The section of the Dublin to Rosslare line around Bray Head, between Bray town and Greystones in north Co.Wicklow is one of most scenic stretches of railway in Ireland. The route around the headland was surveyed and engineered by none other than Isambard Kingdom Brunel, who at the time was engaged with the construction of the Dublin & Wicklow Railway's line from Bray to the county town of Wicklow further south. The section of line around the headland from Bray to Greystones was first opened in 1855. The line featured several engineering structures, including tunnels and several wooden trestle built viaducts. High maintenance costs and constant damage from the sea resulted in several deviations from the original 1855 route, the first of which involved the construction of new tunnel (No.1) in 1876, however a section of the 1855 alignment was retained as 'Worthington Siding' until 1882. The second occurred in 1879 between No.2 and 3 Tunnels, and the final deviation was implemented as late as 1917, which involved the construction of the longest tunnel (No.4) at 1,042 yards long at the southern end of the headland.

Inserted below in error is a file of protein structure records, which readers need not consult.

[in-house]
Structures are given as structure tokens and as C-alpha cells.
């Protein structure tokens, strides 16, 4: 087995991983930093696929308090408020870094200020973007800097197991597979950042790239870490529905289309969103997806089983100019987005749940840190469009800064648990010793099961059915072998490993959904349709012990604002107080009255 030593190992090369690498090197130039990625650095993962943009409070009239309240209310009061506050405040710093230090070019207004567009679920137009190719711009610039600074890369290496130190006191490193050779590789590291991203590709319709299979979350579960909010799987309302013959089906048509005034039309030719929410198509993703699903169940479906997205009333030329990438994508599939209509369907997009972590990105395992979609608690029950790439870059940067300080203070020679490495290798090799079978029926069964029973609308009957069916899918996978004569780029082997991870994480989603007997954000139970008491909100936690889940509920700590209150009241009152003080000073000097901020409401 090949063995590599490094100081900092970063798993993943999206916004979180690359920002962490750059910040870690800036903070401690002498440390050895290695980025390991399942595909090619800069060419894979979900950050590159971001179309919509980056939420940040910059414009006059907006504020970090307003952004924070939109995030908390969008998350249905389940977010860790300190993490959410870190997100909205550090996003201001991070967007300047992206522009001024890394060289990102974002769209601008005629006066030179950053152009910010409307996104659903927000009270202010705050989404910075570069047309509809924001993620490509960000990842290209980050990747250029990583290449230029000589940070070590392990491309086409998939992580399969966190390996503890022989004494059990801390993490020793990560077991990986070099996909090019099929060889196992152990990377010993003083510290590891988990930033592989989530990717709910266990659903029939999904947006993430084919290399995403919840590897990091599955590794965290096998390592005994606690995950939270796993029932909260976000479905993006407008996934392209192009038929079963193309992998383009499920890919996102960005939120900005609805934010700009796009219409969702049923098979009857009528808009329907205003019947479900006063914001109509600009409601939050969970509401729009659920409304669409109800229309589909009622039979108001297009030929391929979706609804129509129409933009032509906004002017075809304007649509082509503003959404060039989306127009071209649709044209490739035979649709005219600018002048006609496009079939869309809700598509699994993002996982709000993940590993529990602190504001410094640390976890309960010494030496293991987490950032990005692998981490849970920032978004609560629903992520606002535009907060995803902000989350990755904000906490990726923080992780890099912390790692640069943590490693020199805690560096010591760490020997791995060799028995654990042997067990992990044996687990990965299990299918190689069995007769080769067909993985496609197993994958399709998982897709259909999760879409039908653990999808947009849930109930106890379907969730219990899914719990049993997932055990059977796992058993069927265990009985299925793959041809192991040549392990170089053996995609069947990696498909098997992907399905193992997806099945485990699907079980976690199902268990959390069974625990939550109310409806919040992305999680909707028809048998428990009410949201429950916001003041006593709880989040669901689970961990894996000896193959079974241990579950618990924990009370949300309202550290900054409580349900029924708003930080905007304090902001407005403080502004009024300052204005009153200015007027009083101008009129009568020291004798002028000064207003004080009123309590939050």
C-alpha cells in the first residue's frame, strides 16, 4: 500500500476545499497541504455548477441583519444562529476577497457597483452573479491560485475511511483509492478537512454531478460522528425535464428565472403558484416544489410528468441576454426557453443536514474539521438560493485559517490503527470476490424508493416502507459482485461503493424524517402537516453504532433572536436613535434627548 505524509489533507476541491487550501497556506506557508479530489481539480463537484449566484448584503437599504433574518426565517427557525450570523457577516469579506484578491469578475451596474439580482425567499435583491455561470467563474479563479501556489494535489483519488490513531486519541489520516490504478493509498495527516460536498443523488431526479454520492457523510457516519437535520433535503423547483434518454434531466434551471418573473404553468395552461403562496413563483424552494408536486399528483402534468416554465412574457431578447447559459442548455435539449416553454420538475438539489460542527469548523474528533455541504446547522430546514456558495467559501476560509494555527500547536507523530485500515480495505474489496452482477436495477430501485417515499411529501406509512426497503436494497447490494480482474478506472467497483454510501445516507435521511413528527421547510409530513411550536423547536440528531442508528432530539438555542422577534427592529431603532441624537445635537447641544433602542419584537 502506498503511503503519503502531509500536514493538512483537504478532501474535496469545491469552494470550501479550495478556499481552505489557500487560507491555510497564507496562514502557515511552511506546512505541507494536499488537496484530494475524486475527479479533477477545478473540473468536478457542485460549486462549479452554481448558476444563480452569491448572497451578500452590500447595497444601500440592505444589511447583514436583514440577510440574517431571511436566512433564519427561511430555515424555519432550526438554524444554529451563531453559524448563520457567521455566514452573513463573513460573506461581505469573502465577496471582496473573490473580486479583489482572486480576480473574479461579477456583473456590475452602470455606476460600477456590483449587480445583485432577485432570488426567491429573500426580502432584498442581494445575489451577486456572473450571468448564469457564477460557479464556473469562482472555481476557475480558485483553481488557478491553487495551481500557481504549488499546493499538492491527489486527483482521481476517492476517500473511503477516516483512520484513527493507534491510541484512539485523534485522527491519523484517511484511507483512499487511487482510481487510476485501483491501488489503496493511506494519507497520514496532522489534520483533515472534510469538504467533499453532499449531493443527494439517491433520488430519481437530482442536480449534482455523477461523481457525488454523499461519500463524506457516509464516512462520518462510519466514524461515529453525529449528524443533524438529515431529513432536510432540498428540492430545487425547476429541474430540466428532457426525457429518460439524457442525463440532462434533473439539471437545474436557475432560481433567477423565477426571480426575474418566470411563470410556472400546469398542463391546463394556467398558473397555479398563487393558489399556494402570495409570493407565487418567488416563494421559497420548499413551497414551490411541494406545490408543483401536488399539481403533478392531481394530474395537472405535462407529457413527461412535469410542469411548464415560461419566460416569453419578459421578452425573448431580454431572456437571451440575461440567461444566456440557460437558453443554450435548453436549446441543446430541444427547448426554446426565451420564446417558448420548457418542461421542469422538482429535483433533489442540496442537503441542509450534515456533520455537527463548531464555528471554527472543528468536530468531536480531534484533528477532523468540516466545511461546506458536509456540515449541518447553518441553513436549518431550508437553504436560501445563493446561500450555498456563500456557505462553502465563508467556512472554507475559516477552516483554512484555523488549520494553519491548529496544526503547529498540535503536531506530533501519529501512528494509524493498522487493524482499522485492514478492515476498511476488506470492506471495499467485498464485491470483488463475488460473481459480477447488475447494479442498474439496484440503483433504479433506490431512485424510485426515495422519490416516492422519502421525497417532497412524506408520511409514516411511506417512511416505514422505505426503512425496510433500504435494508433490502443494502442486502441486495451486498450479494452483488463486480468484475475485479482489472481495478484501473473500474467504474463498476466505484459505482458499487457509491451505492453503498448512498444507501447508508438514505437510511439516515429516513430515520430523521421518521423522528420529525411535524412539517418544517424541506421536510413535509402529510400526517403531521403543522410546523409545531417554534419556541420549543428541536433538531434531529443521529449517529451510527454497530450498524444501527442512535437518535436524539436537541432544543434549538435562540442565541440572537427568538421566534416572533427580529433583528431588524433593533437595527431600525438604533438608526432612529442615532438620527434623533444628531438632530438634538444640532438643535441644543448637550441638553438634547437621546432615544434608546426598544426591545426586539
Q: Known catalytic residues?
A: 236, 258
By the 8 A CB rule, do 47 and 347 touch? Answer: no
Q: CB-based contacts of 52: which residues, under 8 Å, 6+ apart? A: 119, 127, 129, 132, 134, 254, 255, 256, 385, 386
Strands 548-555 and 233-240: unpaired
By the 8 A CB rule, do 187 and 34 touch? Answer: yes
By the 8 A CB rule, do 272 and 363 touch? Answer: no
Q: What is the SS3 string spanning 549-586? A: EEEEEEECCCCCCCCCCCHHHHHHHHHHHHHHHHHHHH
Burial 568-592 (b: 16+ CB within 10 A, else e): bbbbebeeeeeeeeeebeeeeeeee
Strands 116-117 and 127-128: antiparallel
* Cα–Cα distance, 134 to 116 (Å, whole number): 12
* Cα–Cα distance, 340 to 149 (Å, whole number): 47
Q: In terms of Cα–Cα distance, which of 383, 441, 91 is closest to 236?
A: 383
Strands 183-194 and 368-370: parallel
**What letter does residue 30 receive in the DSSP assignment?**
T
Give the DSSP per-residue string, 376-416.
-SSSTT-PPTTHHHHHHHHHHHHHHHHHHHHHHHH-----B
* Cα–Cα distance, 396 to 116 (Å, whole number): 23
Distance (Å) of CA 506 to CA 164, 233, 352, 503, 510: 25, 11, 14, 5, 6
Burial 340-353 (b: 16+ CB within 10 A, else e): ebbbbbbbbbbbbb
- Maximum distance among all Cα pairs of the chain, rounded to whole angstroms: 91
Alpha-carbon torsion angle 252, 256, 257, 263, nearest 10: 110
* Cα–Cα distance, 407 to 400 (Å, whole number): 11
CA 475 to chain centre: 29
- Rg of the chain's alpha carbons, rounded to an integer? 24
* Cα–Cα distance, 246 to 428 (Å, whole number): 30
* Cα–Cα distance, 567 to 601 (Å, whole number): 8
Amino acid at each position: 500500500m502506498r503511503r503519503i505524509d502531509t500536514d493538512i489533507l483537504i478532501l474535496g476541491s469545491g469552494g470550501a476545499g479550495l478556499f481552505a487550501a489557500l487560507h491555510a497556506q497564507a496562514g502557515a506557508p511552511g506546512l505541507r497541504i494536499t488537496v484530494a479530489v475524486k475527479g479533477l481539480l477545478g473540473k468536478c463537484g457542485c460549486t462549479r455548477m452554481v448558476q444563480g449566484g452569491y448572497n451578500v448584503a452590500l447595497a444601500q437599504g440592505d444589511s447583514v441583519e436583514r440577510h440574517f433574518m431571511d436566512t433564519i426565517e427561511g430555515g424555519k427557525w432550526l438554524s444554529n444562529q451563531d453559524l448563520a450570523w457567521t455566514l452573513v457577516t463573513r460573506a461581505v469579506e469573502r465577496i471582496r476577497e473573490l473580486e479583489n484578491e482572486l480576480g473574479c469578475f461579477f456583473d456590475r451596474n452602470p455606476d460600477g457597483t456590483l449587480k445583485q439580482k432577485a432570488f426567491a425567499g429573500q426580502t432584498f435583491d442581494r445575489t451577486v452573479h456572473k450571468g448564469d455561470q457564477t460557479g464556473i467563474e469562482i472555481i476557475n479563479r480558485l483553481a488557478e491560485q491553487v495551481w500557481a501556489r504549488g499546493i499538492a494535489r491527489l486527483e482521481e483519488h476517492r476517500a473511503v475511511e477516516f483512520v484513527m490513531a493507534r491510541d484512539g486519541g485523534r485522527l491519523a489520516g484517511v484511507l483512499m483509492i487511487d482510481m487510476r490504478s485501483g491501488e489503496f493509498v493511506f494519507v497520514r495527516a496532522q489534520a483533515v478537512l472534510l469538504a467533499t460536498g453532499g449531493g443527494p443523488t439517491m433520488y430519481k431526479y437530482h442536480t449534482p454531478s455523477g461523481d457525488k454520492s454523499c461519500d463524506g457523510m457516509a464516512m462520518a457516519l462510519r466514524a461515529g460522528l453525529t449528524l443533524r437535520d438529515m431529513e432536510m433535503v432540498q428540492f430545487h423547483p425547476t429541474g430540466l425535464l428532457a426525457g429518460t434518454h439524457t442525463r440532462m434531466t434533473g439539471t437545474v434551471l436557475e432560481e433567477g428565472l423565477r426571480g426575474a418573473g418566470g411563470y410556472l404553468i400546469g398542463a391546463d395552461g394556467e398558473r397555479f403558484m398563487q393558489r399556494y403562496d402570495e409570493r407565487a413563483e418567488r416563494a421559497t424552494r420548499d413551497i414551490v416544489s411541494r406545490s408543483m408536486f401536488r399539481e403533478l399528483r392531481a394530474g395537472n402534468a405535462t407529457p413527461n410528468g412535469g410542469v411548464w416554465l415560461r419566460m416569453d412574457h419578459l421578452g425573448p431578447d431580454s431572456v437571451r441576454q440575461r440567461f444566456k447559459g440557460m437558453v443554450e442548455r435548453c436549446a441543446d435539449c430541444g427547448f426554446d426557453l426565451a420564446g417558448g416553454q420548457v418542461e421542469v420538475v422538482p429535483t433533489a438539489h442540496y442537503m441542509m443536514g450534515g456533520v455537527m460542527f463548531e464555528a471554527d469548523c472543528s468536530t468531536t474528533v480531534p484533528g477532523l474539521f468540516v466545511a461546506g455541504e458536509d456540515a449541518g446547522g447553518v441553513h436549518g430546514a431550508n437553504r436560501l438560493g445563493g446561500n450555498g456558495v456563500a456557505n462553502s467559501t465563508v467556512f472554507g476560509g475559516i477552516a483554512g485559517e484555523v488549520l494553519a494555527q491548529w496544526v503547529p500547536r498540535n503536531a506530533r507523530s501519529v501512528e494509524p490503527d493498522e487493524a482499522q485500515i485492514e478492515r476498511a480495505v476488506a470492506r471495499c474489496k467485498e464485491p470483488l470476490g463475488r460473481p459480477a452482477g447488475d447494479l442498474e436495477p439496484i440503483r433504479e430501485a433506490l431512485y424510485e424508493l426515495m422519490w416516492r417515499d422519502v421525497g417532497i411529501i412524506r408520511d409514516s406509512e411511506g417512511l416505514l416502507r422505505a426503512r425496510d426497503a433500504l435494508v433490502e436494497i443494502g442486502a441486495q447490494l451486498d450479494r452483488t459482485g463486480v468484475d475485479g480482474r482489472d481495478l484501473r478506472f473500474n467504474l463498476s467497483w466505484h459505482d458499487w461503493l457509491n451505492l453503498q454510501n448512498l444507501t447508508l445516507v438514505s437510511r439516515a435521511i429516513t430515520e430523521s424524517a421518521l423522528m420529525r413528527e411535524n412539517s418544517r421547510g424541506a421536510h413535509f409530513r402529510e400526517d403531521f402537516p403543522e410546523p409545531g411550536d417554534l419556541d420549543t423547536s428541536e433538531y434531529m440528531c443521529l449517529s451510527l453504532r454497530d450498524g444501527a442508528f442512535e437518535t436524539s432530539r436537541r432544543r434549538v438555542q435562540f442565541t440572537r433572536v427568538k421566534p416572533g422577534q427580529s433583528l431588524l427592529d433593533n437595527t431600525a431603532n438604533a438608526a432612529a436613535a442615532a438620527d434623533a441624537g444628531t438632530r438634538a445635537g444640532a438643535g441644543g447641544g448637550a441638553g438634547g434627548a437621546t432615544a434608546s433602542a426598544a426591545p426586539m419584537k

All of the deviations eliminated the Brunel's viaducts and cliff sections, the line now taking on the name Brunel's Folly due to the route's reconstructions. Today there are four tunnels in total, including some smaller nameless ones. A well maintained pathway between Bray and Greystones overlooks the majority of the railway line.